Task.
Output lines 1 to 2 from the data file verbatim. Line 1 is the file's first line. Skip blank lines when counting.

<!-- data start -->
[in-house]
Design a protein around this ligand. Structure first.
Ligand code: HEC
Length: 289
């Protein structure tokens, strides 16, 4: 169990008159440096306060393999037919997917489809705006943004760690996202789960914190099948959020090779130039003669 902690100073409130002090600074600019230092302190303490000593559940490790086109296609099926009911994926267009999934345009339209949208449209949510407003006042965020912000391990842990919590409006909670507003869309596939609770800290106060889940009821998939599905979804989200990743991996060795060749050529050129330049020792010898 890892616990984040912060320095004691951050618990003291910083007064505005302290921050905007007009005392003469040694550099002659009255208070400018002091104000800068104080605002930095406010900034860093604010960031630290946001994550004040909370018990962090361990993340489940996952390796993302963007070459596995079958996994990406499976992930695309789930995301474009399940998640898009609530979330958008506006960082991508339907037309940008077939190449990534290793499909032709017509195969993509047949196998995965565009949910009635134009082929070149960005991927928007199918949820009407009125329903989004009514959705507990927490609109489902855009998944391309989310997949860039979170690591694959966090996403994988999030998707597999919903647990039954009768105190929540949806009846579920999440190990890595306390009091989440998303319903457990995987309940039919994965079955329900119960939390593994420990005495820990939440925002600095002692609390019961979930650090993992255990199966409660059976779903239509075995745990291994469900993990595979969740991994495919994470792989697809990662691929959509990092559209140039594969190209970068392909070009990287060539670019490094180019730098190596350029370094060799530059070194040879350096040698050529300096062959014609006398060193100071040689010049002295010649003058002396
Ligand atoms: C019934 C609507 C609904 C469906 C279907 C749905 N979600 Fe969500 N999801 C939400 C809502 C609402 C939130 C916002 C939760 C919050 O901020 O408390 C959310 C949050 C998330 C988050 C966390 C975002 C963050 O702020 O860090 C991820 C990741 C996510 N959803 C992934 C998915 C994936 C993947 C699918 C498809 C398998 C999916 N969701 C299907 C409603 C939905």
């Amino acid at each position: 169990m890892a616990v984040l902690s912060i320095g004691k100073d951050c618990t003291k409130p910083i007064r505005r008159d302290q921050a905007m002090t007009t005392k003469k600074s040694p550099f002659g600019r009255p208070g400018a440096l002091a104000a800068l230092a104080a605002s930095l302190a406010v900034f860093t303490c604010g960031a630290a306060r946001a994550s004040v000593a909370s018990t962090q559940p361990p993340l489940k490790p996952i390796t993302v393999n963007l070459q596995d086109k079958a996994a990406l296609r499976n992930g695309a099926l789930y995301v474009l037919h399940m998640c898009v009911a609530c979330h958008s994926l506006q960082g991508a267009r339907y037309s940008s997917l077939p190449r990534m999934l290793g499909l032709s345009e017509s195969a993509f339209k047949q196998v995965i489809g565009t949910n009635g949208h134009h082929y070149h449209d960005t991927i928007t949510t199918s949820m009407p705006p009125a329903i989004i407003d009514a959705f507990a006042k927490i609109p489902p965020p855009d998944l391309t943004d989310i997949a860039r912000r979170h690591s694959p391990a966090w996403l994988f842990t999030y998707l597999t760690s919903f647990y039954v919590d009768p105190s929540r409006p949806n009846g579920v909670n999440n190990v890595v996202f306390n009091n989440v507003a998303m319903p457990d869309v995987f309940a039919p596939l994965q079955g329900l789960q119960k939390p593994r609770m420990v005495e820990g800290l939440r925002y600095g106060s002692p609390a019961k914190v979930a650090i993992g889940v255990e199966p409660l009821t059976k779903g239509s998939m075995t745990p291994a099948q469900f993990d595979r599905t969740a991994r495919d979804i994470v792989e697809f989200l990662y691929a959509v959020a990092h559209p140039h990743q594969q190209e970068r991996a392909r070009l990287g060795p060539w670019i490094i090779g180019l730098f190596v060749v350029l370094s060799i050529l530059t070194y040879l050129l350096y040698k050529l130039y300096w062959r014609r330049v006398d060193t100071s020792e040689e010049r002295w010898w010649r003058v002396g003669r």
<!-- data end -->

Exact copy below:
[in-house]
Design a protein around this ligand. Structure first.